People gathered early in the day for protests in downtown and in Chilean cities that gathered momentum and fervor throughout the evening. Many touted handcrafted rainbow-colored placards and banners calling for a ‘yes’ vote next Sunday in a referendum on whether to abolish the country’s dictatorship-era constitution , a key demand of the 2019 protests.
The protests, although largely peaceful at first, were marred by increasing incidents of violence, looting of supermarkets and clashes with police in the capital later in the day. Sirens from fire trucks, barricades set on the roads and fireworks in downtown streets have added to a sense of chaos in some neighborhoods.
Home Secretary Victor Perez spoke late in the evening, praising the early and peaceful gatherings while detonating the chaos of the night. He called on Chileans to settle their differences by voting in the upcoming constitutional referendum on October 25.
“Those who commit these acts of violence don’t want the Chileans to solve our problems by democratic means,” Perez told reporters, vowing to punish those who crossed the line on Sunday.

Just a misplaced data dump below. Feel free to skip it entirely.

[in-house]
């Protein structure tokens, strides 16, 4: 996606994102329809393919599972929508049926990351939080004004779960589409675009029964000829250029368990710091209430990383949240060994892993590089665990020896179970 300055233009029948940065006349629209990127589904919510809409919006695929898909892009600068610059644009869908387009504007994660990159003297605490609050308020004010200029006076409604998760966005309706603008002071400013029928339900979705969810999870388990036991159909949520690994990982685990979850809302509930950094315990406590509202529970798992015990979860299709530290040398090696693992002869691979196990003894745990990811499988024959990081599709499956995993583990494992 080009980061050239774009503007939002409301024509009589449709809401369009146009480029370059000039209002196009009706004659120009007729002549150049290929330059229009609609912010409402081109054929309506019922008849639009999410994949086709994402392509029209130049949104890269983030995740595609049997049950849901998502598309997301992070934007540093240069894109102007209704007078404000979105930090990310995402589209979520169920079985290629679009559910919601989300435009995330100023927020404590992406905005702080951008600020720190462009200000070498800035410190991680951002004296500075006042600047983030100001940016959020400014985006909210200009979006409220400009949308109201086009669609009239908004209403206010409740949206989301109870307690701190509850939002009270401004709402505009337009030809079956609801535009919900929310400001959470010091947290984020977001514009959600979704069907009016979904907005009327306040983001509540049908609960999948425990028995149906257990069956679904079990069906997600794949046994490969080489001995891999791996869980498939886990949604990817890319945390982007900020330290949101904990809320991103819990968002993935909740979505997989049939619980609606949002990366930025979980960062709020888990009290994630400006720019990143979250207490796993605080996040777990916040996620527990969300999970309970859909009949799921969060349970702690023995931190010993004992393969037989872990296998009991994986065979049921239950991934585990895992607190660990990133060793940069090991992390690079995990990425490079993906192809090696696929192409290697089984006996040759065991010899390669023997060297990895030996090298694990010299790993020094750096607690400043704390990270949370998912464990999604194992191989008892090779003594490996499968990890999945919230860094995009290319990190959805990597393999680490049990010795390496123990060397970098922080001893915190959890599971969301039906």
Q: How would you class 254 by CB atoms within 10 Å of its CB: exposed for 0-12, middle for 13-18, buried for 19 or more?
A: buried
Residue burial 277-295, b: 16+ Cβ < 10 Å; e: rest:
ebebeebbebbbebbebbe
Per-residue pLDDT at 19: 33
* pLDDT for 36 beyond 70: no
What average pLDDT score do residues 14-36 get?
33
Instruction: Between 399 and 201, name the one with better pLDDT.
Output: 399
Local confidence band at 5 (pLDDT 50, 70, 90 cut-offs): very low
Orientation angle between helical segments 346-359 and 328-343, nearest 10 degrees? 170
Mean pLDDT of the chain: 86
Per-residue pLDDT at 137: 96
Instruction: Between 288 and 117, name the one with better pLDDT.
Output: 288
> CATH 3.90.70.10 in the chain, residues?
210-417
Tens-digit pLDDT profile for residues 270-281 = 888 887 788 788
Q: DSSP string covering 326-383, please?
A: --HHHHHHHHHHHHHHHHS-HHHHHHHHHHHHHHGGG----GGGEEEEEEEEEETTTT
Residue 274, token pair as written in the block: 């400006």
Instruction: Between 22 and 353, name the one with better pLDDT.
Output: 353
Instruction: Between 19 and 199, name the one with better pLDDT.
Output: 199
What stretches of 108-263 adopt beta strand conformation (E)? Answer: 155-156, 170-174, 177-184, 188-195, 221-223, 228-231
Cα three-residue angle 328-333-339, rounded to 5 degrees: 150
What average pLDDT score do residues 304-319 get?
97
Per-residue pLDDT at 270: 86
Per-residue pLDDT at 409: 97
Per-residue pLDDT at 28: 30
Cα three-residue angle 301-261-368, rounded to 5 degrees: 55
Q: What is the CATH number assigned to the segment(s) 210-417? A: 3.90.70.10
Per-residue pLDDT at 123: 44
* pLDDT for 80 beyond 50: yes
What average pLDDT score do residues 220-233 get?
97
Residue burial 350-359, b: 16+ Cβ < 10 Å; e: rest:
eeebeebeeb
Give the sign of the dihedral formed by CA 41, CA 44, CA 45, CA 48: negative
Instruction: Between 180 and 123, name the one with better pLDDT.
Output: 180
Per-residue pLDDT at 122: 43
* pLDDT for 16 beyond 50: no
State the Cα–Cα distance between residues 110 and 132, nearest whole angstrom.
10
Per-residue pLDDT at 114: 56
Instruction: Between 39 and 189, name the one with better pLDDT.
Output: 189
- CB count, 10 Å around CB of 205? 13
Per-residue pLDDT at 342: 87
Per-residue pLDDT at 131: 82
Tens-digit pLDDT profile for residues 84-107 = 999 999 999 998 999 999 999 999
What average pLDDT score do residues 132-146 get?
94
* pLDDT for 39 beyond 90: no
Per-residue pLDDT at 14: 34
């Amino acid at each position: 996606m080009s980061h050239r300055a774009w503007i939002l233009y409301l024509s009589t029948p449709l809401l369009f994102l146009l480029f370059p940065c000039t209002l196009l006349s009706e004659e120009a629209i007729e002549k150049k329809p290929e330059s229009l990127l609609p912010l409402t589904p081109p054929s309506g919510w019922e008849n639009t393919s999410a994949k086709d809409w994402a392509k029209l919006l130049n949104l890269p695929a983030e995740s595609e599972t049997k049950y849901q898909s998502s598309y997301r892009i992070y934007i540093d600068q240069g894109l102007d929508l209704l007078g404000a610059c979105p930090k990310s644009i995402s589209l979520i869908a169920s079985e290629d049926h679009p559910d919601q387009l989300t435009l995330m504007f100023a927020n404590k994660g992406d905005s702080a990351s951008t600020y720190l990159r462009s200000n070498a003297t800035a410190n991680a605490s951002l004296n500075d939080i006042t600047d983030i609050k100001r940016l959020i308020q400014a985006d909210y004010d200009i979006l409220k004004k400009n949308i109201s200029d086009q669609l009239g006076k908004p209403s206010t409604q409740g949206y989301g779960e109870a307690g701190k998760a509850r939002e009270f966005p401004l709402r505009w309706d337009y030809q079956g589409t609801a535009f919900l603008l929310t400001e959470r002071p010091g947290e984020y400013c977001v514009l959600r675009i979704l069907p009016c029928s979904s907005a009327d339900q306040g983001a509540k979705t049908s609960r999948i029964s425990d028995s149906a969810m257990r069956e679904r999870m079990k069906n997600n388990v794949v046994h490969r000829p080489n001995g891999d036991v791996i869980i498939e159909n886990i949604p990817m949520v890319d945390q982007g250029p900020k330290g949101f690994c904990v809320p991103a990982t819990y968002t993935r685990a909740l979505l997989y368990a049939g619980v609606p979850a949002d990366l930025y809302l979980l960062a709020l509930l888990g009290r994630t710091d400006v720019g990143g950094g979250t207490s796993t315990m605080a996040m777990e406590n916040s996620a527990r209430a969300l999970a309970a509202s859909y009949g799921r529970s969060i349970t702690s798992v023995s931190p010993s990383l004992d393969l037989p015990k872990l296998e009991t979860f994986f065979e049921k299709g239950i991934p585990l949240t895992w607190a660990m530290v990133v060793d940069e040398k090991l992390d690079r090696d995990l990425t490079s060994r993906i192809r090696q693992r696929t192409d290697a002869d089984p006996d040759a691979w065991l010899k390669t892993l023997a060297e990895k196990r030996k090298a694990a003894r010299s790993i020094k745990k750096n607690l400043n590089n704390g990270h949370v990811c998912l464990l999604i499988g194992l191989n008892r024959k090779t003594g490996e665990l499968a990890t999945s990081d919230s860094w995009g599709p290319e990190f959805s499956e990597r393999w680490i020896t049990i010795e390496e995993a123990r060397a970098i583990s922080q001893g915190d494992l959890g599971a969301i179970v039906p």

Last year’s protests, which began on October 18, raged through mid-December, as Chileans gathered across the country to call for reforms to the pension, health and welfare systems. ‘education. Riots and looting have caused billions of dollars in damage and loss to businesses and infrastructure across the country. The unrest saw the military take to the streets for the first time since the reign of dictator Augusto Pinochet.
Police estimated Sunday’s rally in Santiago drew around 25,000 people by 6 p.m., far fewer than the biggest protests of 2019.
In recent days, small-scale protests and isolated incidents of violence have nonetheless resurfaced in Chile, as the capital’s 6 million citizens emerge from months of imprisonment after the Covid-19 pandemic.
Most protesters wore masks on Sunday, but many could be seen in tight groups, raising concerns of a potential health risk.